The Telling (Hainish Series)

The Telling (Hainish Series)

by Ursula K. Le Guin
3.7 9

Audiobook(CD)

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Overview

The Telling (Hainish Series) by Ursula K. Le Guin

The latest novel in the Hainish cycle from the bestselling author of The Left Hand of Darkness.

Sutty, an Observer from Earth for the interstellar Ekumen, has been assigned to a new world-a world in the grips of a stern monolithic state, the Corporation. Embracing the sophisticated technology brought by other worlds and desiring to advance even faster into the future, the Akans recently outlawed the past, the old calligraphy, certain words, all ancient beliefs and ways; every citizen must now be a producer-consumer. Their state, not unlike the China of the Cultural Revolution, is one of secular terrorism.

Traveling from city to small town, from loudspeakers to bleating cattle, Sutty discovers the remnants of a banned religion, a hidden culture. As she moves deeper into the countryside and the desolate mountains, she learns more about the Telling - the old faith of the Akans-and more about herself.

With her intricate creation of an alien world, Ursula K. Le Guin compels us to reflect on our own recent history.

About the Author:

Ursula K. LeGuin was born in 1929 in Berkeley, California, and lives in Portland, Oregon. She has won many Nebulas and Hugos, as well as a National Book Award, a Pushcart Prize, the Harold D. Vursell Memorial Award from the American Academy of Arts and Letters, a Newbery Honor, and the World Fantasy Award for Life Achievement.

Product Details

ISBN-13: 9781469281032
Publisher: Brilliance Audio
Publication date: 01/22/2013
Series: Hainish Series
Product dimensions: 7.12(w) x 6.50(h) x 1.00(d)

About the Author

Ursula K. Le Guin lives in Portland, Oregon. Among her honors are a National Book Award, a World Fantasy Award, five Hugo and five Nebula Awards, the Kafka Award, a Pushcart Prize, and the Harold D. Vursell Memorial Award from the American Academy of Arts and Letters.

Hometown:

Portland, Oregon

Date of Birth:

October 21, 1929

Place of Birth:

Berkeley, California

Education:

B.A., Radcliffe College; M.A., Columbia University, 1952

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The Telling (Hainish Series) 3.7 out of 5 based on 0 ratings. 9 reviews.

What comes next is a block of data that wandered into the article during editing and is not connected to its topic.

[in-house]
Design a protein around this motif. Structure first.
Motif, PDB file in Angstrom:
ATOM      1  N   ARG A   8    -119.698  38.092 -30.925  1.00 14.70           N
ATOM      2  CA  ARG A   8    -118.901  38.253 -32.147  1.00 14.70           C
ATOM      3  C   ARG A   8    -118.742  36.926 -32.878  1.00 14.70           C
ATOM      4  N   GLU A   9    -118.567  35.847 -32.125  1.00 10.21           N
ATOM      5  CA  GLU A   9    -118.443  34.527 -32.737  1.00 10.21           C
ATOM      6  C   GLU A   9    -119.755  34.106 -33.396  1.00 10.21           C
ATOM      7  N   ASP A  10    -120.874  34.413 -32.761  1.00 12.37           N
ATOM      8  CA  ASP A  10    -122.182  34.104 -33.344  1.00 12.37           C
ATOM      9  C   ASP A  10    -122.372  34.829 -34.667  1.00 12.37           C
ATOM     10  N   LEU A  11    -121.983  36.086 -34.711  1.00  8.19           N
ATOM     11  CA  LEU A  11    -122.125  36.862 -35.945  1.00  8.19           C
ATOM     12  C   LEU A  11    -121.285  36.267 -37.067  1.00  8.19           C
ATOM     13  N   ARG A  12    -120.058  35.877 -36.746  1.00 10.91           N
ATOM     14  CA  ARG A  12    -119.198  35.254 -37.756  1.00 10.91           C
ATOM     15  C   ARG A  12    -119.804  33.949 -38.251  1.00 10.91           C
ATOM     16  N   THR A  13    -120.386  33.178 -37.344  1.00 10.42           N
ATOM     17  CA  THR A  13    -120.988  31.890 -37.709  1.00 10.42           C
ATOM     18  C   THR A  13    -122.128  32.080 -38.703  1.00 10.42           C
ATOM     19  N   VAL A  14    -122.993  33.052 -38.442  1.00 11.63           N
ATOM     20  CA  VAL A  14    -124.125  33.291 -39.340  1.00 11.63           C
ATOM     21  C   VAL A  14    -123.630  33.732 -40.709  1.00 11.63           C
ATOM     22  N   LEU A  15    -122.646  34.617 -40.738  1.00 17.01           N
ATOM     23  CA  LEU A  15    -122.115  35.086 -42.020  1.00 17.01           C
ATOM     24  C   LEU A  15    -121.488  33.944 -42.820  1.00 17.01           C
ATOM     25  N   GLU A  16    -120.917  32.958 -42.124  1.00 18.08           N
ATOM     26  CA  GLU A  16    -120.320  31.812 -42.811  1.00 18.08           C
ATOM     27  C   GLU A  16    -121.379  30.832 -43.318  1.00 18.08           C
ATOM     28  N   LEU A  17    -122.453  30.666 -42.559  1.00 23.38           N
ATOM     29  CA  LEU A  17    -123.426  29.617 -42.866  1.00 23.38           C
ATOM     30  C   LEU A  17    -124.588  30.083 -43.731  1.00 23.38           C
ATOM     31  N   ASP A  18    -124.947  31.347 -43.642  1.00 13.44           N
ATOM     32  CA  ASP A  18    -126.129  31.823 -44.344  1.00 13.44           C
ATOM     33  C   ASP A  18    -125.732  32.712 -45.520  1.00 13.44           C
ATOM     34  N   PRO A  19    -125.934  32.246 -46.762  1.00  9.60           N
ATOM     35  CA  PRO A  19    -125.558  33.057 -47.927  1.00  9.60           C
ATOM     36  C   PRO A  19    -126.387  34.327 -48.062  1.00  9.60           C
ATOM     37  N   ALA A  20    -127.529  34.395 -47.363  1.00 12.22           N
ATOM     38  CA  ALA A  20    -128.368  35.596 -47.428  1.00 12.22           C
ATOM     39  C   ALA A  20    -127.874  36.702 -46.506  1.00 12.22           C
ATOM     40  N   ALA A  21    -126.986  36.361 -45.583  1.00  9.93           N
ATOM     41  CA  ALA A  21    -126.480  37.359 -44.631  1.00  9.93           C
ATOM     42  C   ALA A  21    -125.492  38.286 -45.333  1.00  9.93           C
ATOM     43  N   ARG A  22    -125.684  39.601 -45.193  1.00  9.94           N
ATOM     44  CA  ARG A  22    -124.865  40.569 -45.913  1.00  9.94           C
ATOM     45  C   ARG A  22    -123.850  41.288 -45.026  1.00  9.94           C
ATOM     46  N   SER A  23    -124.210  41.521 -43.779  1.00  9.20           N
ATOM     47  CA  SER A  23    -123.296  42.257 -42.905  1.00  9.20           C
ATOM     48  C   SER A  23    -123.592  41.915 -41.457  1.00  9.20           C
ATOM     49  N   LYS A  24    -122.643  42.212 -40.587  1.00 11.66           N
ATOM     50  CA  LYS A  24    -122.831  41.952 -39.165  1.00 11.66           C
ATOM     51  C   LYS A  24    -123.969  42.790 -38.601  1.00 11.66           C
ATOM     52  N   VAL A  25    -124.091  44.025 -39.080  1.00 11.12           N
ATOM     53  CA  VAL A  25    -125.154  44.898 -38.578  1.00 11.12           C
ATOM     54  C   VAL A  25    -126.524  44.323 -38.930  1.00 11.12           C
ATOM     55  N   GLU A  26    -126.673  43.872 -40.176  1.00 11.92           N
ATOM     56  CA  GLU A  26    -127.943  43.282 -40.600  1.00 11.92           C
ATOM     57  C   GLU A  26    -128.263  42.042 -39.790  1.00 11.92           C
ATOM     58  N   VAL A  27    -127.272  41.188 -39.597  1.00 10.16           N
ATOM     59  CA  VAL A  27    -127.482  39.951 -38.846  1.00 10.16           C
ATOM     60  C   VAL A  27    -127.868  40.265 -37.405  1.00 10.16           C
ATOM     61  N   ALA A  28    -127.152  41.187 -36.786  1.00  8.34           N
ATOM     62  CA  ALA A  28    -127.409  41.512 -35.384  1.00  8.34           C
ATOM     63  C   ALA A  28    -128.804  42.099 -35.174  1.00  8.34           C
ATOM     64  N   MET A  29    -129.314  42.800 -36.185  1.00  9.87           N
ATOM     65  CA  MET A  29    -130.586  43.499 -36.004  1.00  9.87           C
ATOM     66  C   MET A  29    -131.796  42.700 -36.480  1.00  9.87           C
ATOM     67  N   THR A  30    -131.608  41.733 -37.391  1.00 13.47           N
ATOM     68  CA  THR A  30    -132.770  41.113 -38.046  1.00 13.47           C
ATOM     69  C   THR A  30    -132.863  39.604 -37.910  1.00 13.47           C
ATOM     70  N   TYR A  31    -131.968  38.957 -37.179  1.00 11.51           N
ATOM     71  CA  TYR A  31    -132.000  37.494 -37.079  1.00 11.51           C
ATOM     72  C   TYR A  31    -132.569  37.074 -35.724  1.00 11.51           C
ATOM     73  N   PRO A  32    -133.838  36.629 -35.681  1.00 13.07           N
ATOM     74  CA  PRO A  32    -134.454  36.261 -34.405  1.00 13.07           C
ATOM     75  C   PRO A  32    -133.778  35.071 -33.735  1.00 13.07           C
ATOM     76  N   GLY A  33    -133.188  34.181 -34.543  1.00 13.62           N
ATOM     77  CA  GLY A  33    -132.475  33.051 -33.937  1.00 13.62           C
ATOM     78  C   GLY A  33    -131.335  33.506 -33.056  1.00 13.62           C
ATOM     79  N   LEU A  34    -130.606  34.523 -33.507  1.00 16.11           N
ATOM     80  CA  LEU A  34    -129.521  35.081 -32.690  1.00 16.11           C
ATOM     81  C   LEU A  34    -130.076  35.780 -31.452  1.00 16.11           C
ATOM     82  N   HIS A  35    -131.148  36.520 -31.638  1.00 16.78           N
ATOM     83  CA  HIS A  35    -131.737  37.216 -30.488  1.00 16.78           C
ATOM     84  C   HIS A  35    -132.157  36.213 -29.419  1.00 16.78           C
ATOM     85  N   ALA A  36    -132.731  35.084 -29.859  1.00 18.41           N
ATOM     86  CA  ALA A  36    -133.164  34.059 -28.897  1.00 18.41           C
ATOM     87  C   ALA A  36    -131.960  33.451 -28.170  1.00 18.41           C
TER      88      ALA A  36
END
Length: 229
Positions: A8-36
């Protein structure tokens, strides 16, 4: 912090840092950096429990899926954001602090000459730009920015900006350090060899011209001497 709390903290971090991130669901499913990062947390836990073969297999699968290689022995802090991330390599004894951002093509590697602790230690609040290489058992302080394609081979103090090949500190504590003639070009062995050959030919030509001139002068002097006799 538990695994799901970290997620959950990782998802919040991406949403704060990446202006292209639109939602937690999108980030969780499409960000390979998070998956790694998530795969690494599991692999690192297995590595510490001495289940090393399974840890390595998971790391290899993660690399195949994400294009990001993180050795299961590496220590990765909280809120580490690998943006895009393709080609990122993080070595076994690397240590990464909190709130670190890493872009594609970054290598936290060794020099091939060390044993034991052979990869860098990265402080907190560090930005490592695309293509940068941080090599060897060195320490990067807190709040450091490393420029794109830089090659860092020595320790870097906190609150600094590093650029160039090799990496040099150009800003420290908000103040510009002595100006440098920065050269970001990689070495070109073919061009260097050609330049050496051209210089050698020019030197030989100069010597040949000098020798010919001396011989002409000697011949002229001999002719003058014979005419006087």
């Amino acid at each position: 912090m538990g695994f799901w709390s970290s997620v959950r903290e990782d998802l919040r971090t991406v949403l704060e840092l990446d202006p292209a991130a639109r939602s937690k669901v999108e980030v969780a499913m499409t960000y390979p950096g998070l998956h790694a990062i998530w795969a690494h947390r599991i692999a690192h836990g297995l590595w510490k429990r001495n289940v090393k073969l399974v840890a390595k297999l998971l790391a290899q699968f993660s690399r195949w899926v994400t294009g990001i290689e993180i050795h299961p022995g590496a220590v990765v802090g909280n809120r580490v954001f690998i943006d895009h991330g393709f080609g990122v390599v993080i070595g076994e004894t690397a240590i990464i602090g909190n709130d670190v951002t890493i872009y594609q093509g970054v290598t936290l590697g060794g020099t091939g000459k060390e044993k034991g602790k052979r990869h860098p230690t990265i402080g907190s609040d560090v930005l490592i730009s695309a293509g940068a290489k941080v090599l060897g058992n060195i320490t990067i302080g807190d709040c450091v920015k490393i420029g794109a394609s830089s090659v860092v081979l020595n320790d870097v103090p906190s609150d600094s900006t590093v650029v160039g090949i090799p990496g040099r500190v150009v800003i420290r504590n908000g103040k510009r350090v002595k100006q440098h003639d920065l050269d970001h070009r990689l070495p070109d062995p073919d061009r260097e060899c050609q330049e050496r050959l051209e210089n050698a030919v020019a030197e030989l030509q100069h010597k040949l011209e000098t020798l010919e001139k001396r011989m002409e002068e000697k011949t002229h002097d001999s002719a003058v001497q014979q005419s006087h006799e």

Guest More than 1 year ago
I've read a lot of online reviews about how bad this book is... The Telling was my introduction to Ursula K. Le Guin, and it made me an instant fan. Most people's complaint is that it lacks plot, or moves too slowly. I guess it helps to be interested in anthropology and philosophy, but I'd recommend this book to just about anyone. The society it's set in has parallels in societies on Earth that have been sucked into Western modernity and unwittingly sacrificed valuable aspects of their native culture, and the book itself is a powerful illustration of the importance of storytelling--how just the act of telling a story is somehow holy, even in the modern world. Not a fast-paced sci-fi adventure, but a subtle, sophisticated--but very readable--fable about the role of a simple, nontheistic religion in one hypothetical society.
Anonymous More than 1 year ago
EdwardOtt More than 1 year ago
Le Guin is a master story teller and she does not disappoint. once more she creates a world that the reader can taste and hear.
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AnneD93 More than 1 year ago
As someone who has been studying the thought process of nonduality, this book was extremely interesting and educational. I also found the similarities between the Aka capitisit system to our own problems with Capitalism here to be enlightening and a bit scary too. Overall, Le Guin has never disapointed.
Guest More than 1 year ago
I grabbed 'The Telling' on a recent trip to the bookstore as a quick read, and for a pleasurable experience. I have read all of Le Guin's Earthsea series, and several of her other excellent books. This one fails to produce however, and I finished feeling very unsatisfied. There isn't much to the actual story, and what is there is very forced. You get the feeling this 'novel' was a quick dabble of a side project that was 'rediscovered' and then printed. I would avoid this even if you are a Le Guin fan. Read 'The Dispossessed' or the Earthsea series instead.
Guest More than 1 year ago
I am extremely sorry to say that this book bored me. In general, I am a great admirer of LeGuin's work. 'Tehanu', 'The Beginning Place', and 'The Dispossed' are among my 'desert island' books. But this one was just not up to her usual standard. It was too thin -- like water pretending to be soup. The point she wanted to make got in the way of the story, and there wasn't enough story to hold it up. As a short story, it would have been fine, but there just isn't enough material there for a novel.